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Saturday, January 21, 2012

Techno Pop?

A less than thrilling ride on the Chairlift...

Yesterday I ventured through a winter afternoon’s wind to Philadelphia’s World Café Live. The reason was to witness radio station WXPN’s weekly “Free at Noon” concert, which usually emanates from this venue and is broadcast on the station and its affiliates.

I’ve grown to be distrustful of a WXPN endorsement when it comes to new music; just this week I heard extravagant fawning over shallow pap that literally sounded like a cross between Black Eyed Peas and Yo Gabba Gabba.

But the description of New York’s Chairlift as an “electronic duo” piqued my interest. At the least, from a musician point of view, I decided it would be interesting to see what equipment they are using and hear how they use it. After all, in the most extreme cases of eMusic, rather than seeing musical improvisation and mastery over an instrument, you are witnessing the firing of events - whether the initiation of rhythm patterns or the launching and manipulation of loops. It’s kind of a different skill set entirely. Instead of continually creating music, once you’ve fired an event you’re off to the next one. As a result, the on-stage success of a technological-reliant artist often comes via the presentation.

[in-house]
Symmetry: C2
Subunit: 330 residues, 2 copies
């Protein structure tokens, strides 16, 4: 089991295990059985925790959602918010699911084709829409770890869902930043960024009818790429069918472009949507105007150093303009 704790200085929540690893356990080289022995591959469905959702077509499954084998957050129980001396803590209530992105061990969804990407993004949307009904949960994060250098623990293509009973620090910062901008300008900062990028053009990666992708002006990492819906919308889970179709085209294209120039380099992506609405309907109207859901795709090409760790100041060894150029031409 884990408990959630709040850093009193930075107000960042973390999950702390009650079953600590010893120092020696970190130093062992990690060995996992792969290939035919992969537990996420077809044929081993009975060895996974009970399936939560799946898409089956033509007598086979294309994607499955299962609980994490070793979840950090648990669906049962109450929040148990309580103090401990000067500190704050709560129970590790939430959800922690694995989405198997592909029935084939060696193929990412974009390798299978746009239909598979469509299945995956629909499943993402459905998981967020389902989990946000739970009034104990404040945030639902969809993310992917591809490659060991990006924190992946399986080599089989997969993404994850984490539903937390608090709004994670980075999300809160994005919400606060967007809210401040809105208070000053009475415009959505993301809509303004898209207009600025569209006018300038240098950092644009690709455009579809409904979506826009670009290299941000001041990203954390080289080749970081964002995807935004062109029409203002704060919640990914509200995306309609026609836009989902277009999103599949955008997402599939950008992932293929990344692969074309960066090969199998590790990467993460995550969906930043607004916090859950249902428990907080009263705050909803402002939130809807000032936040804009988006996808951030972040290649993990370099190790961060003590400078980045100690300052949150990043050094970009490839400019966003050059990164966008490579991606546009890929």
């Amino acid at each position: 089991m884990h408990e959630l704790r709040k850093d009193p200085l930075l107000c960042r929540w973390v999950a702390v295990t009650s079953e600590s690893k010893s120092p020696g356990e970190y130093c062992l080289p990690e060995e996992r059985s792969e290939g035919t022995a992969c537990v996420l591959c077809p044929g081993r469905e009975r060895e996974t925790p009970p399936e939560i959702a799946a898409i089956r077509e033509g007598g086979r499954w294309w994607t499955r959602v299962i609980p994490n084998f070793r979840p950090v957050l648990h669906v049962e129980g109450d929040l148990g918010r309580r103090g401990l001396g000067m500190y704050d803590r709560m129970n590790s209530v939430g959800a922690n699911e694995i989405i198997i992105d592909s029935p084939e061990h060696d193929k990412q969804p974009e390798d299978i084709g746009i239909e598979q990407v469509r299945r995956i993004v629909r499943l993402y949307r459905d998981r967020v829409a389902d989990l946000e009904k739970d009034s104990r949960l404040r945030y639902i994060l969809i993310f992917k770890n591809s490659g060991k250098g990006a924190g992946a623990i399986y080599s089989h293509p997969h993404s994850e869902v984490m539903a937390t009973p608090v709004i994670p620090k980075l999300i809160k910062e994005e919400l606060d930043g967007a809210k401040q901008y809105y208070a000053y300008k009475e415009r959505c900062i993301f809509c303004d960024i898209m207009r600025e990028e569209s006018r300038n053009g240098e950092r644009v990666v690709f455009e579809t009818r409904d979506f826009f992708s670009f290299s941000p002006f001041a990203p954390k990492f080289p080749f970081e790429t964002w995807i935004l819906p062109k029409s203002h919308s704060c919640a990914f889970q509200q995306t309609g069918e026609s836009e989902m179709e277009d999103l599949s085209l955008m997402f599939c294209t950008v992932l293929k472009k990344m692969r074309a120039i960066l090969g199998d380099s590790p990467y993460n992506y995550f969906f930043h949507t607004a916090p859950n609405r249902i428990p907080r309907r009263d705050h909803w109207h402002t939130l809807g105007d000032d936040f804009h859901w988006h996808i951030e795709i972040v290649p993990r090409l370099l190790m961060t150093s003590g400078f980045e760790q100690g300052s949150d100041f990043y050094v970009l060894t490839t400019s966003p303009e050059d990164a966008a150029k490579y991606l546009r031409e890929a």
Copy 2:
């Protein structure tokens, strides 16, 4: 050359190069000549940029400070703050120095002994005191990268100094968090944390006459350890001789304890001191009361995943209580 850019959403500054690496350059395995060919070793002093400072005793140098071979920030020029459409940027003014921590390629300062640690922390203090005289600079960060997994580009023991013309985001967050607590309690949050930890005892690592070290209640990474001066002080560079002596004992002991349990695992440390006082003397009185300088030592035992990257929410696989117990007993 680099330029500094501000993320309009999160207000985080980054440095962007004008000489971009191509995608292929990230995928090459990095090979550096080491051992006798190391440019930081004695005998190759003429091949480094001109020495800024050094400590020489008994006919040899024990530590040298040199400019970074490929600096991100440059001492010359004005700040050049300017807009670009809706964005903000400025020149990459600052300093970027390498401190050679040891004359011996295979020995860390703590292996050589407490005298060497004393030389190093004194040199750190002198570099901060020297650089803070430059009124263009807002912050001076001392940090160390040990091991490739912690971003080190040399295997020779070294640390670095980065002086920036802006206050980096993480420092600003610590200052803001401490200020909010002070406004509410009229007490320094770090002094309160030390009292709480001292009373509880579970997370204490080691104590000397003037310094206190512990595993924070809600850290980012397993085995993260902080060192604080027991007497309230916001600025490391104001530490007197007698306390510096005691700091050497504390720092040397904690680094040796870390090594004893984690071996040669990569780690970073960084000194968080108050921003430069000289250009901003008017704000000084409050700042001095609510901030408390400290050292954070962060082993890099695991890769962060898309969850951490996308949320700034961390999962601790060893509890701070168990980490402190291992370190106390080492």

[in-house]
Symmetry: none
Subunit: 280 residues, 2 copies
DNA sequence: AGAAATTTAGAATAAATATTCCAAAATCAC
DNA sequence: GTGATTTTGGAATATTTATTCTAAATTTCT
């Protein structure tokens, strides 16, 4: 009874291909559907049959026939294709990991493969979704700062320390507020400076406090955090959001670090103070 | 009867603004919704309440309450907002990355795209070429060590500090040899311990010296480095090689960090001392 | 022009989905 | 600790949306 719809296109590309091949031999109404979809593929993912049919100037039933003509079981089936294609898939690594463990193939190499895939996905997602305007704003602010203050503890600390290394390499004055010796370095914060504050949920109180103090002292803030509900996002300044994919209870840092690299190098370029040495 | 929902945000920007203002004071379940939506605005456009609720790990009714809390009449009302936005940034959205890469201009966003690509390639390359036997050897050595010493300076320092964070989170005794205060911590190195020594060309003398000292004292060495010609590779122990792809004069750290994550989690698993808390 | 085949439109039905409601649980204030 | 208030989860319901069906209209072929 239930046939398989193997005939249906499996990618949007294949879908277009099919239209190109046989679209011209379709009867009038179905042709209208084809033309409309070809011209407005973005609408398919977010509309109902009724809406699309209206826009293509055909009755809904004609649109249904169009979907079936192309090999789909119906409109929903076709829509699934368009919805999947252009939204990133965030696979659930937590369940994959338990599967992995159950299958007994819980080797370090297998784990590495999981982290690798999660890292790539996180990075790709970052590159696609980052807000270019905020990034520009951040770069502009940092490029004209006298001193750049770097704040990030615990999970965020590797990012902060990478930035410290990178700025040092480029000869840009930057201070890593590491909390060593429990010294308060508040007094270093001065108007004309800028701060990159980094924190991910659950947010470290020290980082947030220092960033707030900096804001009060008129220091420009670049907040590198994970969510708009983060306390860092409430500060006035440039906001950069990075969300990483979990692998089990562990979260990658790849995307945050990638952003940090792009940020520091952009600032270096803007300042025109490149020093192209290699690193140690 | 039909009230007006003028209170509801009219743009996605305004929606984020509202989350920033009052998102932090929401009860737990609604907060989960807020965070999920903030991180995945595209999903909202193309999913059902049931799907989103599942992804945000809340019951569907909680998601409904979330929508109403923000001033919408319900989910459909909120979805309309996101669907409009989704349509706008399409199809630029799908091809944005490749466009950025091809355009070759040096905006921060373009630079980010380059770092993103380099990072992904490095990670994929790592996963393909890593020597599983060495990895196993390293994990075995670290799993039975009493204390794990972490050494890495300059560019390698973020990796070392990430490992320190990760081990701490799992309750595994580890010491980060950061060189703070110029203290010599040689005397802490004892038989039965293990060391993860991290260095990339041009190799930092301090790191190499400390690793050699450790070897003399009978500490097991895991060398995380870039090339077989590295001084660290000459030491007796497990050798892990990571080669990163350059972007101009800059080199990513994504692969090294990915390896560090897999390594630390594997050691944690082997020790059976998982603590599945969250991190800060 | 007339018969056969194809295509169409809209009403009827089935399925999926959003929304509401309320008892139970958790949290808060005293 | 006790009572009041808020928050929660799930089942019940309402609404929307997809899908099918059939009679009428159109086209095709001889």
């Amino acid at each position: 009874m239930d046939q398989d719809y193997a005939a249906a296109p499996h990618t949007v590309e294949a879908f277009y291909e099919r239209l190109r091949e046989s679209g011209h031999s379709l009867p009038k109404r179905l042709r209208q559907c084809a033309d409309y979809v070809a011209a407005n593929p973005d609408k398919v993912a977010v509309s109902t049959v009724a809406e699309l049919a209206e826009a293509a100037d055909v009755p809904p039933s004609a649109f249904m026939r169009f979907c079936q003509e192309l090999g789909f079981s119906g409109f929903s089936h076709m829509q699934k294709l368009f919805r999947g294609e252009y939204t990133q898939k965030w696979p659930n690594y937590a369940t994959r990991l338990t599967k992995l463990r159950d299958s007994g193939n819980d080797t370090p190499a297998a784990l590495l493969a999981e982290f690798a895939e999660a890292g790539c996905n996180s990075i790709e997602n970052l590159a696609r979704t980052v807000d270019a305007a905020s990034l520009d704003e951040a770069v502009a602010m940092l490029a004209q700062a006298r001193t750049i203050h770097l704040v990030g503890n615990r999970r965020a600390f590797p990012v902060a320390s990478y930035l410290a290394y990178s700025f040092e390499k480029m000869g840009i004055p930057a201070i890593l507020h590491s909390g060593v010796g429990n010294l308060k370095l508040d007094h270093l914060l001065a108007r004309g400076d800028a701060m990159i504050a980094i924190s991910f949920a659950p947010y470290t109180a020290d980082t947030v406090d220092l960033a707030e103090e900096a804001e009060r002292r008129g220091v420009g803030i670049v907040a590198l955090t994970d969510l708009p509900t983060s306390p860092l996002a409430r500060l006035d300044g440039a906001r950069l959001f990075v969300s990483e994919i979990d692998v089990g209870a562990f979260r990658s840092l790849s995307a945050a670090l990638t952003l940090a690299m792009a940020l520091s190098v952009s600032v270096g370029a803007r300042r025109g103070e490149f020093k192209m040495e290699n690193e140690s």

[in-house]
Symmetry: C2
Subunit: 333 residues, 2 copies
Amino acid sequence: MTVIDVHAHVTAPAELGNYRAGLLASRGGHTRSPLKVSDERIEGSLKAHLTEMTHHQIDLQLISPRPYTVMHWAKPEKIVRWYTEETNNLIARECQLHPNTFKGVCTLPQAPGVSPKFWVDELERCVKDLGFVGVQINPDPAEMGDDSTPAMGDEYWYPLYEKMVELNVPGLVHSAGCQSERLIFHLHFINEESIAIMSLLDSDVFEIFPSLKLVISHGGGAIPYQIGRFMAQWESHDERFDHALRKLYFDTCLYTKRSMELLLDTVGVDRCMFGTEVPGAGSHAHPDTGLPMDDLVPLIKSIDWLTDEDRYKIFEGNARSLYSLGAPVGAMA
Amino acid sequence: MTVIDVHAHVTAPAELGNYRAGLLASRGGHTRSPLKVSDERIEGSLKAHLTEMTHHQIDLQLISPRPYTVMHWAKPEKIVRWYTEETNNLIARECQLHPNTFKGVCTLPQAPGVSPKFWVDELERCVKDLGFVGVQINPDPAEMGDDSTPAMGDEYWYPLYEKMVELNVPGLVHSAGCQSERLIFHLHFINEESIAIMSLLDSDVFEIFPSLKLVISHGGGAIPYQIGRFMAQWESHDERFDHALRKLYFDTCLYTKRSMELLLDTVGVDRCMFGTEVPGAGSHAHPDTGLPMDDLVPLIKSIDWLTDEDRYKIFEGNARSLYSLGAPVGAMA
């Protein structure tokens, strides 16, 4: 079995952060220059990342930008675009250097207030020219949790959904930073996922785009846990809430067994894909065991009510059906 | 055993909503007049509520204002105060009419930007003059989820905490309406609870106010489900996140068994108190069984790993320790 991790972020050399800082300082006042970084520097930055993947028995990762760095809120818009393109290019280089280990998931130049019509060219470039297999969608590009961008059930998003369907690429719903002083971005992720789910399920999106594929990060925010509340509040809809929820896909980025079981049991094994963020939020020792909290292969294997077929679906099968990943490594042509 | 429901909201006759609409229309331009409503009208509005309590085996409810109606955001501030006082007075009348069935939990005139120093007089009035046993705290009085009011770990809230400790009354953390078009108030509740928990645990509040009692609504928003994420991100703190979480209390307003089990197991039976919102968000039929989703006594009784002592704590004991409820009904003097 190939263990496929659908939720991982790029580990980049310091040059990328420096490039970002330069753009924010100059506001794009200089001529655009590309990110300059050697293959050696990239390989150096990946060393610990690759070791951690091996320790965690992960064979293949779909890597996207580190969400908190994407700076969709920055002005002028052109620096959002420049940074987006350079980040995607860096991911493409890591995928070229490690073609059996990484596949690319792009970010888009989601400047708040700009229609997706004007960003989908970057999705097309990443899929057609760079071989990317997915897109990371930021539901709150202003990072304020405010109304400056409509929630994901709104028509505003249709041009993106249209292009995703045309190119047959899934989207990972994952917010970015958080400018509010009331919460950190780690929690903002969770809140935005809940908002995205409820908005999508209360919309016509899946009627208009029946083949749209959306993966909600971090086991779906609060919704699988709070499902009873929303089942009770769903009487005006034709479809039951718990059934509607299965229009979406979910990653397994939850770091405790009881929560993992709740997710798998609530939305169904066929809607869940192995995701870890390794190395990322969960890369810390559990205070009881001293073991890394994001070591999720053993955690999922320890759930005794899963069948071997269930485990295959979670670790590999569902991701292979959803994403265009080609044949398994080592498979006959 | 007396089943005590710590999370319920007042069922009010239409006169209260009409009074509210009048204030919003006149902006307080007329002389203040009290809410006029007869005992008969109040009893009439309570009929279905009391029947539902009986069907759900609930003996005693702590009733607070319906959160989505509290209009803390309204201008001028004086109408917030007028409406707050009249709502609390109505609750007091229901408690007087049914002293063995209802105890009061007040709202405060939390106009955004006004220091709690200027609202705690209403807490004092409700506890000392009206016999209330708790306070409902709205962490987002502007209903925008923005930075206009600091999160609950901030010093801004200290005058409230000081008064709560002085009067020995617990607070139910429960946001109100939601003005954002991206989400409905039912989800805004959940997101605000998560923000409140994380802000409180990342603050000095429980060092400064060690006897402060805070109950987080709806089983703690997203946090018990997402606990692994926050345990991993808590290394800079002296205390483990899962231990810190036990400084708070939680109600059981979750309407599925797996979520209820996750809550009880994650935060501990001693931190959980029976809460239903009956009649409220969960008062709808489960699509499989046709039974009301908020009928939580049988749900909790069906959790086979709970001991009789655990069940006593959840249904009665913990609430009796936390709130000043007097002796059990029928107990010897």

Sadly, Chairlift’s presence on the World Café Live stage proved to be a case of false advertising – rather than an electronic duo, I encountered a five-member band with traditional instrumentation.

Chairlift at World Cafe Live – not quite electronic, not quite a duo.

Chairlift came across as a very talented high school band with an 80s electro fixation – think Our Daughter’s Wedding or early Human League. Focal point Caroline Polachek doesn't have an unpleasant voice, but seems lacking in self-assurance when it comes to building rapport with an audience. Despite the high-profile nature of the gig, Polacheck only made one remark other than “thank you,” and that was after the radio broadcast had concluded. No one else seemed inclined to step into the between-song void either.

I guess here in 2012 I should be happy that they were using actual instruments, but the fact that Chairlift is freshly signed to Columbia Records and on the verge of releasing an album next week speaks as much to the wasteland that major labels now wander as it does to actual talent being bestowed upon the world. As for the personnel expansion from duo to five-piece, based on what I saw Chairlift’s core duo of Polacheck and Patrick Wimberly are at a stage of artistic maturity where the conjuring up of gripping visions to support an electronic performance is impossible.

Of course, the undisputed standard for presentation of such technological ambiance is Kraftwerk.

Ohm sweet ohm – Kraftwerk at work, 2004.

Surprisingly, though, Kraftwerk not only presents a compelling experience in concert, they also belie the notion of their performances consisting of nothing more than clinical, digital recreations of their influential music. The German founders of an entire genre of music released a fabulous DVD titled Minimum-Maximum (a titled shared by audio-only CD and SACD releases) in 2005. Documenting the group’s concerts of 2004, the footage revealed that Kraftwerk taking a very organic approach to their stage work, building their songs live as opposed to merely launching audio clips and canned rhythm.

Presenting electronic music live as a vivid, breathing entity presents a huge challenge to those whose sound emerges from circuitry and memory rather than strings and sticks. Based on Chairlift’s all-too-conventional concert for WXPN, it’s a challenge that was not accepted.

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